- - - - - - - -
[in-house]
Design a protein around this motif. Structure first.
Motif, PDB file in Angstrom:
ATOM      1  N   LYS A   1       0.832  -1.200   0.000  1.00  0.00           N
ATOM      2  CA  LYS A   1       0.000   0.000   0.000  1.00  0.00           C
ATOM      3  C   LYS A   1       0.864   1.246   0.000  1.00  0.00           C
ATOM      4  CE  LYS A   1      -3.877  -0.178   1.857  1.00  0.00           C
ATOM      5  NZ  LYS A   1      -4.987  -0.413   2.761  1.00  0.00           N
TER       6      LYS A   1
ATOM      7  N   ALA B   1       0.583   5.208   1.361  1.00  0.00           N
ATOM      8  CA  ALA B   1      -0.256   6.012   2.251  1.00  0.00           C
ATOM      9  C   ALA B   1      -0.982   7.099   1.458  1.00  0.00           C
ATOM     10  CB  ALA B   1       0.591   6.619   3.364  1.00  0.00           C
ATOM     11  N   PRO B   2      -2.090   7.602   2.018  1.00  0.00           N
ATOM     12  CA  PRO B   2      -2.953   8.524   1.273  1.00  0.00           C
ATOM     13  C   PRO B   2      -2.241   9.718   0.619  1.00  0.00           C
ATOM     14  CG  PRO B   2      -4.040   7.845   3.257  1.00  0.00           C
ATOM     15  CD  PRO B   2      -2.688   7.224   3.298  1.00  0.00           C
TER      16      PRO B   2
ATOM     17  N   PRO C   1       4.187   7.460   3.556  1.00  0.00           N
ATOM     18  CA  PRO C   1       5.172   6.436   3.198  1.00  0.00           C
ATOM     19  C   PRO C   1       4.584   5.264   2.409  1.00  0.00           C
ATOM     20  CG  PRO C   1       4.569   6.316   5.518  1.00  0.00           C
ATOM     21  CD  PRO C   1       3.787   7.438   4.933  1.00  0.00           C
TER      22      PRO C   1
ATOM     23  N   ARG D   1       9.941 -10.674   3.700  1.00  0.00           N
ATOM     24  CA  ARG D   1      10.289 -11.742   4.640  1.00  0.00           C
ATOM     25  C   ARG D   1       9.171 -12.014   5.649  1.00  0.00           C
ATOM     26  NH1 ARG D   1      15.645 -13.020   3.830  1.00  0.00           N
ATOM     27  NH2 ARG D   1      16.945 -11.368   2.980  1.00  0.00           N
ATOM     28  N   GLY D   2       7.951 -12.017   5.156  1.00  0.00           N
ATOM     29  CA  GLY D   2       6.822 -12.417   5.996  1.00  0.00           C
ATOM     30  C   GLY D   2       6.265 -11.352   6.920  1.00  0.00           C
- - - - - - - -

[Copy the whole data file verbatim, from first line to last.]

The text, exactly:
[in-house]
Design a protein around this motif. Structure first.
Motif, PDB file in Angstrom:
ATOM      1  N   LYS A   1       0.832  -1.200   0.000  1.00  0.00           N
ATOM      2  CA  LYS A   1       0.000   0.000   0.000  1.00  0.00           C
ATOM      3  C   LYS A   1       0.864   1.246   0.000  1.00  0.00           C
ATOM      4  CE  LYS A   1      -3.877  -0.178   1.857  1.00  0.00           C
ATOM      5  NZ  LYS A   1      -4.987  -0.413   2.761  1.00  0.00           N
TER       6      LYS A   1
ATOM      7  N   ALA B   1       0.583   5.208   1.361  1.00  0.00           N
ATOM      8  CA  ALA B   1      -0.256   6.012   2.251  1.00  0.00           C
ATOM      9  C   ALA B   1      -0.982   7.099   1.458  1.00  0.00           C
ATOM     10  CB  ALA B   1       0.591   6.619   3.364  1.00  0.00           C
ATOM     11  N   PRO B   2      -2.090   7.602   2.018  1.00  0.00           N
ATOM     12  CA  PRO B   2      -2.953   8.524   1.273  1.00  0.00           C
ATOM     13  C   PRO B   2      -2.241   9.718   0.619  1.00  0.00           C
ATOM     14  CG  PRO B   2      -4.040   7.845   3.257  1.00  0.00           C
ATOM     15  CD  PRO B   2      -2.688   7.224   3.298  1.00  0.00           C
TER      16      PRO B   2
ATOM     17  N   PRO C   1       4.187   7.460   3.556  1.00  0.00           N
ATOM     18  CA  PRO C   1       5.172   6.436   3.198  1.00  0.00           C
ATOM     19  C   PRO C   1       4.584   5.264   2.409  1.00  0.00           C
ATOM     20  CG  PRO C   1       4.569   6.316   5.518  1.00  0.00           C
ATOM     21  CD  PRO C   1       3.787   7.438   4.933  1.00  0.00           C
TER      22      PRO C   1
ATOM     23  N   ARG D   1       9.941 -10.674   3.700  1.00  0.00           N
ATOM     24  CA  ARG D   1      10.289 -11.742   4.640  1.00  0.00           C
ATOM     25  C   ARG D   1       9.171 -12.014   5.649  1.00  0.00           C
ATOM     26  NH1 ARG D   1      15.645 -13.020   3.830  1.00  0.00           N
ATOM     27  NH2 ARG D   1      16.945 -11.368   2.980  1.00  0.00           N
ATOM     28  N   GLY D   2       7.951 -12.017   5.156  1.00  0.00           N
ATOM     29  CA  GLY D   2       6.822 -12.417   5.996  1.00  0.00           C
ATOM     30  C   GLY D   2       6.265 -11.352   6.920  1.00  0.00           C